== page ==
The timing of the benefit payment
Because February tends to be one of the coldest months in Scotland, it is intended that the payment should be made during this month. We asked Panel members if they thought Low Income Winter Heating Assistance should be paid in February. 42 per cent of respondents said 'Yes, it should be paid in February', while 36 per cent said, 'No, it should not be paid in February'. 21 per cent of respondents said they didn't know.
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Some respondents who said 'Yes, the benefit should be paid in February', provided reasons for their answer. Most positive responses acknowledged that the largest winter bills tend to arrive in February, and also that the timing was right as it falls in the middle of the winter period. It was mentioned that there will be some people using pay-as-you-go meters who will be able to afford heating at the coldest time. A few respondents suggested that the payment being made in February was a good idea because there would be some people who might want to spend the payment over the Christmas period, and not use it for heating costs. Generally, respondents agreed that this would be the time they needed it most.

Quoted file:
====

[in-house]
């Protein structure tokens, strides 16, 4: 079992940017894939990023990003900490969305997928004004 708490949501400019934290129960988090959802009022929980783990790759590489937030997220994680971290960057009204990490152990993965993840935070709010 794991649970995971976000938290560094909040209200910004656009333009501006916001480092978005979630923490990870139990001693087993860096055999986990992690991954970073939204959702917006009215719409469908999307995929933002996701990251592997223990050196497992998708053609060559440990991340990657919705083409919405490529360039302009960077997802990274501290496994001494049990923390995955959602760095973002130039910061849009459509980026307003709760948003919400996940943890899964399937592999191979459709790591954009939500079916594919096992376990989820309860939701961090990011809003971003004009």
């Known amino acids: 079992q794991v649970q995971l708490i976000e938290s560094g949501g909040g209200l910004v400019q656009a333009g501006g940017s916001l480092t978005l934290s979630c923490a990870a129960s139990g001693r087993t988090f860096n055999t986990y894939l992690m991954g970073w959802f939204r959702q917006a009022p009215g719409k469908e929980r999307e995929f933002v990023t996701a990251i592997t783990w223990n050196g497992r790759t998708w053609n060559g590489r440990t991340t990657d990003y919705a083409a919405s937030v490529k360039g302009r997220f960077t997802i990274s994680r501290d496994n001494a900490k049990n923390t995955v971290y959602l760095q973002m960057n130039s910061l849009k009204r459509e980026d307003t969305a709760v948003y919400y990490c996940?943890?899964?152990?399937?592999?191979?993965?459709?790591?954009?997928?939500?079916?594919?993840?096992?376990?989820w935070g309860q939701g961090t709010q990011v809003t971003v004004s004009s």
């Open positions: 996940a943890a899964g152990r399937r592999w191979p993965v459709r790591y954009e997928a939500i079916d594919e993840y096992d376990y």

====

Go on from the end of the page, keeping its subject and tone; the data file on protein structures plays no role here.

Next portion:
"I think the biggest bills come in February."
"Covers midway through [the] usual cold period."
"Too many vulnerable people blow their money over Christmas and New Year."
Some respondents who disagreed with the benefit being paid in February, provided reasons for their choice. Most people suggested that the benefit should be paid earlier: variously, they proposed, "January", "the start of winter", "December", and remarked that, "winter is in November". A few respondents said that the benefit should not be paid in one instalment, suggesting that it could be paid every three to six months, or spreading the payment out between December and March. It was also pointed out that there are many people in Scotland who rely on solid fuel for heat, and that they need to buy this before winter begins. People who rely on solid fuel often live in the coldest areas. A recent Scottish Government report showed that 79 per cent of households using solid mineral fuel in Scotland as their primary fuel type are in rural areas, and that around half of households (46 per cent) using solid mineral fuels in Scotland are fuel poor compared to the national average of 25 per cent.
"People who rely on bulk fuel orders need to pay for their winter fuel, usually by November which is when payment is needed."
"Should be around October for people to get ahead, i.e. folk on top-up meters."
"Far too late. It needs to be paid in November. By February people will already be in arrears with electricity and gas bills."
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